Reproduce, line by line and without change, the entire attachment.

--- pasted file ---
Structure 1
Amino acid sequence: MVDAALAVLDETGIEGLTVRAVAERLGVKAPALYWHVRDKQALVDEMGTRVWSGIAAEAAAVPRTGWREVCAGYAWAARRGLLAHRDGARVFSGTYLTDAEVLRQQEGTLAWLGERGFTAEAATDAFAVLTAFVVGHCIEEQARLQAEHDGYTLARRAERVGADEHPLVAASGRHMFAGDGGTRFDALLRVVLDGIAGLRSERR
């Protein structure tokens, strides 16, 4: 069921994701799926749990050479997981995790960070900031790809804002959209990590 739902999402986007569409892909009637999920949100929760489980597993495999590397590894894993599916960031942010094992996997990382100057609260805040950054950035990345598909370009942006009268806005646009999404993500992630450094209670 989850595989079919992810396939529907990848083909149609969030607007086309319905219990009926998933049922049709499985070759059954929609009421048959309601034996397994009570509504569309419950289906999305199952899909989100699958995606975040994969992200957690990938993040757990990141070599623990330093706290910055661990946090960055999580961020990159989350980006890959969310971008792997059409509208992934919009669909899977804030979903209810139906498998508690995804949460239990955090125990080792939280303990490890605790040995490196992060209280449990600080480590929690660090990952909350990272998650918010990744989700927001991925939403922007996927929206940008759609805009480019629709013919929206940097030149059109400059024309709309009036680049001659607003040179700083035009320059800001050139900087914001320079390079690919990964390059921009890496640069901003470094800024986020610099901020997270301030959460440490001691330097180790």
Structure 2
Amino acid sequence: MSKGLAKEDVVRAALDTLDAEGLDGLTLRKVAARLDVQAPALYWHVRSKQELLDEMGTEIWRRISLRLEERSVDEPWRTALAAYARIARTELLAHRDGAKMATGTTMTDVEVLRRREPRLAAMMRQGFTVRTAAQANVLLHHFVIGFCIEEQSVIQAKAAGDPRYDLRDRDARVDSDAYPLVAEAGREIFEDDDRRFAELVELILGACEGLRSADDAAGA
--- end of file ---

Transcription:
Structure 1
Amino acid sequence: MVDAALAVLDETGIEGLTVRAVAERLGVKAPALYWHVRDKQALVDEMGTRVWSGIAAEAAAVPRTGWREVCAGYAWAARRGLLAHRDGARVFSGTYLTDAEVLRQQEGTLAWLGERGFTAEAATDAFAVLTAFVVGHCIEEQARLQAEHDGYTLARRAERVGADEHPLVAASGRHMFAGDGGTRFDALLRVVLDGIAGLRSERR
């Protein structure tokens, strides 16, 4: 069921994701799926749990050479997981995790960070900031790809804002959209990590 739902999402986007569409892909009637999920949100929760489980597993495999590397590894894993599916960031942010094992996997990382100057609260805040950054950035990345598909370009942006009268806005646009999404993500992630450094209670 989850595989079919992810396939529907990848083909149609969030607007086309319905219990009926998933049922049709499985070759059954929609009421048959309601034996397994009570509504569309419950289906999305199952899909989100699958995606975040994969992200957690990938993040757990990141070599623990330093706290910055661990946090960055999580961020990159989350980006890959969310971008792997059409509208992934919009669909899977804030979903209810139906498998508690995804949460239990955090125990080792939280303990490890605790040995490196992060209280449990600080480590929690660090990952909350990272998650918010990744989700927001991925939403922007996927929206940008759609805009480019629709013919929206940097030149059109400059024309709309009036680049001659607003040179700083035009320059800001050139900087914001320079390079690919990964390059921009890496640069901003470094800024986020610099901020997270301030959460440490001691330097180790």
Structure 2
Amino acid sequence: MSKGLAKEDVVRAALDTLDAEGLDGLTLRKVAARLDVQAPALYWHVRSKQELLDEMGTEIWRRISLRLEERSVDEPWRTALAAYARIARTELLAHRDGAKMATGTTMTDVEVLRRREPRLAAMMRQGFTVRTAAQANVLLHHFVIGFCIEEQSVIQAKAAGDPRYDLRDRDARVDSDAYPLVAEAGREIFEDDDRRFAELVELILGACEGLRSADDAAGA